The Lower Windrush Valley Project outlines a biodiversity action plan for an area to the south east of Witney town centre. With mineral extraction set to continue for many years to come, the Lower Windrush Valley Project (LWVP) was created by Oxfordshire County Council to create and implement an environmental strategy for this area. Conservation targets  include the management, restoration and in some cases, creation of standing waters, lowland meadows, ponds, reedbed, swamp and floodplain grazing marsh of riverside meadowlands and lowland village farmlands. 

The Windrush Catchment Partnership (WCP) is an un-constituted group formed as a result of a Defra initiative to establish catchment partnerships for every catchment in England.. The WCP was set up in 2014 by the Berks, Bucks & Oxon Wildlife Trust (BBOWT), as the catchment ‘host’ organisation. They have outlined that the Windrush (and other rivers covered by the catchment plan) have suffered a significant and damaging decline in macrophyte diversity and abundance. It states that ‘given that habitat quality has stayed largely unchanged or in some cases has been improved by river restoration projects and the uptake in agri-environment schemes, these declines can reasonably be attributed to the interlinked issues of increased sediment input and nutrient enrichment, and the impact of lower flows due to climatic changes.’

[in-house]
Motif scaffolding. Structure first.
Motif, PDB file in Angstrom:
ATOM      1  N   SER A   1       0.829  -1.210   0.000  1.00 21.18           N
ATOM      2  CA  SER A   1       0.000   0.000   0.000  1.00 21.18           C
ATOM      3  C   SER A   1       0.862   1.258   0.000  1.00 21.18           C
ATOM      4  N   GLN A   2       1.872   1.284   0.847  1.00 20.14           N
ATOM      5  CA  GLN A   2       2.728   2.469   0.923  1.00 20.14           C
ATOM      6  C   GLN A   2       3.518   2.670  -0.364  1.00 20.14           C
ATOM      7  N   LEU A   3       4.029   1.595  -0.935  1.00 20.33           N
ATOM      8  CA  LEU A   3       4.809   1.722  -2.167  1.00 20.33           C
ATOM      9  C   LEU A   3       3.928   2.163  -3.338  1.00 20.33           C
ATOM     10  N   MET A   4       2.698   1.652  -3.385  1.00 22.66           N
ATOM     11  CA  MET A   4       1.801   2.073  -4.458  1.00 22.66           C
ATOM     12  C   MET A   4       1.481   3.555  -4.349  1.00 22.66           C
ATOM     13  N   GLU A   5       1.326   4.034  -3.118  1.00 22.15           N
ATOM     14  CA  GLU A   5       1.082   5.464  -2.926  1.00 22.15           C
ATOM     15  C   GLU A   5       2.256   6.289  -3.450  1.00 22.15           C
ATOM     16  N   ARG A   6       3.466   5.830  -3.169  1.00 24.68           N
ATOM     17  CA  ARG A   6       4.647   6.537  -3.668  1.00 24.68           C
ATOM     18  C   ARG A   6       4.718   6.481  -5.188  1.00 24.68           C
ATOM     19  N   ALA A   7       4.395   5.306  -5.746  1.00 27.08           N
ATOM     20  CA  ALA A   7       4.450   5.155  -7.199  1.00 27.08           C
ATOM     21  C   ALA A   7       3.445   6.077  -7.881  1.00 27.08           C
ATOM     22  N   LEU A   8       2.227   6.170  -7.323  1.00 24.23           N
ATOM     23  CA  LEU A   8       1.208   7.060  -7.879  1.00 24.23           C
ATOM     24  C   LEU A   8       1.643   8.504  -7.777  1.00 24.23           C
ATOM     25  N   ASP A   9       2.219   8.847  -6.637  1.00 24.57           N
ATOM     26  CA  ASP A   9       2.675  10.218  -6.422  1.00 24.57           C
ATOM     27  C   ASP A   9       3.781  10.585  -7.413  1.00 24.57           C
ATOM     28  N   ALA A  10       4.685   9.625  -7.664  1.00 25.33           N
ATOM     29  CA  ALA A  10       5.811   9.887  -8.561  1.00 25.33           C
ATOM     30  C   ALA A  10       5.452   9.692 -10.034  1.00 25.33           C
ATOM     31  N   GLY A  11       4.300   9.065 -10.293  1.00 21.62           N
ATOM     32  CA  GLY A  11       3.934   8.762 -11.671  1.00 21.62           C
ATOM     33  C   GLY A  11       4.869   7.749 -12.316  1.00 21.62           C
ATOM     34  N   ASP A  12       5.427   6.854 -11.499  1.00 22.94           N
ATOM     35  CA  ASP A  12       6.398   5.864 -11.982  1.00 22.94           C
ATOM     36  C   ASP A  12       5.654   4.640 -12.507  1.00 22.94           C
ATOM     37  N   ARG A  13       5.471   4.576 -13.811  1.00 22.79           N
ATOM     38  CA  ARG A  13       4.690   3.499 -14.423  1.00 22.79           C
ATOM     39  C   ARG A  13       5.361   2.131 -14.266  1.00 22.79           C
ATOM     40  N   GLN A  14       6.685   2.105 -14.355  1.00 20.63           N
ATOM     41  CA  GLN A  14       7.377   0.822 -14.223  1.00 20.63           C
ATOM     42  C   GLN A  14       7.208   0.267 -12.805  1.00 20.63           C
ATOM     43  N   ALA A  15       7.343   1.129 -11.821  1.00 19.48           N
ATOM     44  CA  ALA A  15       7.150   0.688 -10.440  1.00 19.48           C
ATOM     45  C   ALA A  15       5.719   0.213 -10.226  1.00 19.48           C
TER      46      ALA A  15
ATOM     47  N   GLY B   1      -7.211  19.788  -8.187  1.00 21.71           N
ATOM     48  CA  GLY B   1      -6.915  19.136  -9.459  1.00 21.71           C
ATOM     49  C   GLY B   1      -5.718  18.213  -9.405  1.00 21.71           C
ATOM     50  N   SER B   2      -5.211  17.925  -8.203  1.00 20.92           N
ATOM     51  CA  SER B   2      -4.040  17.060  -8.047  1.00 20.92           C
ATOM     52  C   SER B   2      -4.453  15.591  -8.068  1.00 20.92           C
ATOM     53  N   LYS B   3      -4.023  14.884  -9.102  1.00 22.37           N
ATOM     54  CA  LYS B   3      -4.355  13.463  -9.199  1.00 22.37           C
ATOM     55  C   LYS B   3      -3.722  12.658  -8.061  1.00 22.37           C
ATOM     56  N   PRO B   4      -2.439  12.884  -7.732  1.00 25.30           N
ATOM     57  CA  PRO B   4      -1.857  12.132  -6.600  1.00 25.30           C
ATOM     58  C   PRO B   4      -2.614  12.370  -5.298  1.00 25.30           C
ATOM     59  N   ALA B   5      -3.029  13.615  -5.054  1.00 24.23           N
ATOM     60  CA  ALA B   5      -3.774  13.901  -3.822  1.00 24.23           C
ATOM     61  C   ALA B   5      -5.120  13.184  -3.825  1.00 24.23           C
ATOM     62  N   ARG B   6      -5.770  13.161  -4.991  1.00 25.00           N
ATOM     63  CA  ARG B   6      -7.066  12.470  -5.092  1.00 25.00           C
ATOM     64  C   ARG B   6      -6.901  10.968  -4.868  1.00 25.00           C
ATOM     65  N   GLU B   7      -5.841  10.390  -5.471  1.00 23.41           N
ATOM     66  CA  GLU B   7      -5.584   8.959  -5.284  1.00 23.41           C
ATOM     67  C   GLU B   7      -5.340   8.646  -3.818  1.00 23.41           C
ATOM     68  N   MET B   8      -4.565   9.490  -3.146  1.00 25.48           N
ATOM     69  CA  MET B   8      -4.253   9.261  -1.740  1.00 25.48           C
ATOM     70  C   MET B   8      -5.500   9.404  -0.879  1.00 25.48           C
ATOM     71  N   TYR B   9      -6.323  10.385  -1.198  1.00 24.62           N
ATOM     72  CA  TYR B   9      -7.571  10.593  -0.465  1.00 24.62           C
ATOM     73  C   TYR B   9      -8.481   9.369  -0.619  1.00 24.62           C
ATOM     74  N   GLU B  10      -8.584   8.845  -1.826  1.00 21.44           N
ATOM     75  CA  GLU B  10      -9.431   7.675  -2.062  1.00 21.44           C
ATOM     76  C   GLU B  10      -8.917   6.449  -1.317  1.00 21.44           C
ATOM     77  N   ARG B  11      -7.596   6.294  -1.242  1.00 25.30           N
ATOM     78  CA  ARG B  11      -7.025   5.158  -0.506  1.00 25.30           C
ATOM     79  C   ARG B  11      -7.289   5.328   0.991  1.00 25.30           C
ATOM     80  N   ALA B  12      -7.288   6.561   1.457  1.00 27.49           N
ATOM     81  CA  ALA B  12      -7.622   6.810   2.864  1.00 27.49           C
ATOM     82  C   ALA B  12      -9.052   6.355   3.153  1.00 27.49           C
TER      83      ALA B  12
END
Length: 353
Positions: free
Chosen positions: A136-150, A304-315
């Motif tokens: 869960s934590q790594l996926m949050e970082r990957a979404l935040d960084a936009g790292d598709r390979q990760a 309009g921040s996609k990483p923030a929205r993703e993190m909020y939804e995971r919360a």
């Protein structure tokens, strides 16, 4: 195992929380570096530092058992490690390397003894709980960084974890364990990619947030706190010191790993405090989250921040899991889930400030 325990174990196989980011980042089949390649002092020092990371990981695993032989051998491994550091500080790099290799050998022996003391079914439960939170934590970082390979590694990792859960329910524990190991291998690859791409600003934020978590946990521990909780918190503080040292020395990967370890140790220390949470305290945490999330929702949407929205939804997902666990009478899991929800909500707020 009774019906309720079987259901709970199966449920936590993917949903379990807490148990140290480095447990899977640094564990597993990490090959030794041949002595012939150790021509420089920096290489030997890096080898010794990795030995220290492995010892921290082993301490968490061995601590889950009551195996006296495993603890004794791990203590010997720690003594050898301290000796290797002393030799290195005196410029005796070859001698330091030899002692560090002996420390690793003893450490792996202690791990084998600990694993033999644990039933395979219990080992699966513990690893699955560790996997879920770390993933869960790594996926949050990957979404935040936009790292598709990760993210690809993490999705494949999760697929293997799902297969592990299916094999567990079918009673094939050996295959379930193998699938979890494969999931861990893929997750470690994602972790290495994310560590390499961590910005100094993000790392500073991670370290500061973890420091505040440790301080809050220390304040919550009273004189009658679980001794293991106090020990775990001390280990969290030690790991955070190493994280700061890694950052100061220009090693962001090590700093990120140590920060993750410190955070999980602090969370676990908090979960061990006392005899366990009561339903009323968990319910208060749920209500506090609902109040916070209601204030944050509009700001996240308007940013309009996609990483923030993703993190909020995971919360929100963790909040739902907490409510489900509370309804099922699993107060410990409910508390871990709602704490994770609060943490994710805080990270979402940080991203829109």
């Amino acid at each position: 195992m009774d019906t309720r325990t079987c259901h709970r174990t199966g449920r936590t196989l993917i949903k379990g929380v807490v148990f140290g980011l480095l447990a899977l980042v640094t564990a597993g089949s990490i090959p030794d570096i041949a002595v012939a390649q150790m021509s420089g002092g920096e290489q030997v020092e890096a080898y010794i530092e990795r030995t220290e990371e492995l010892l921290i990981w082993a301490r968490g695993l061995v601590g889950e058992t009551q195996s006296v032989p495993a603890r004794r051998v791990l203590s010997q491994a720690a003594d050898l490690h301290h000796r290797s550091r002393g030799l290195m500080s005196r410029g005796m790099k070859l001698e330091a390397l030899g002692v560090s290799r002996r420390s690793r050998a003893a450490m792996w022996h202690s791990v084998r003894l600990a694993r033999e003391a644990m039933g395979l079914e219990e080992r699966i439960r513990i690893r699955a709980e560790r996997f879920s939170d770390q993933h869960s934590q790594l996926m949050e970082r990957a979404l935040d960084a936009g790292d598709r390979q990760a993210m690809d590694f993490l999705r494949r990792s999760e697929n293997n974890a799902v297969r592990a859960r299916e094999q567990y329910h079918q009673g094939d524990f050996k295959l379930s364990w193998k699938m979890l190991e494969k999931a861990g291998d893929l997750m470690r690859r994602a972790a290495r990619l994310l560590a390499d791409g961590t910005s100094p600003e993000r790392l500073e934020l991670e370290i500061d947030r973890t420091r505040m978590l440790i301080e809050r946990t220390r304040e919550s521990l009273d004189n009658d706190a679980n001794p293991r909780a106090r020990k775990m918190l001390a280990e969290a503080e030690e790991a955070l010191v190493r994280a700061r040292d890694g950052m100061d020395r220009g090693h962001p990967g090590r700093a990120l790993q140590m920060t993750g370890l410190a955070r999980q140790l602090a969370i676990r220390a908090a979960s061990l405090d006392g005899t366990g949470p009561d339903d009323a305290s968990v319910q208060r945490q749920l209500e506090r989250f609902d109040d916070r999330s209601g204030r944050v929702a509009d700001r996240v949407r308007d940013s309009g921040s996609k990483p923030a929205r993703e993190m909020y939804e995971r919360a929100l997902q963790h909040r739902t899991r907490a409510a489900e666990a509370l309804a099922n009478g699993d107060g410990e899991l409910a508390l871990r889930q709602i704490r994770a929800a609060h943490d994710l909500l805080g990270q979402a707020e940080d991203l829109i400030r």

Windrush Against Sewage Pollution (WASP) believes that rivers should be safe for everyone – from invertebrates (which are a vital part of the food chain) to fish, birds and mammals, such as ourselves. They want to end the illegal release of untreated sewage into the River Windrush (and her sister rivers) and improve standards so legally discharged waste doesn’t harm the River Windrush (or her sister rivers). They are an organisation which is made up of voluntary members whose aims are to investigate, inform and campaign.

Wild Oxfordshire have begun a five year project to wild the evenlode river nearby and connect it with its floodplains as well as improving biodiversity and water quality. 

Windrush Valley Protection Group is a politically neutral group established to stop Gladman developing in the Windrush Valley on the Burford Road in Witney.  Although the development was eventually passed by Sajid Javid who was Home Secretary at the time, this group helped hugely in the fight which led to planning plans being rejected by both the Town and District Councils even after the first decision to reject was appealed.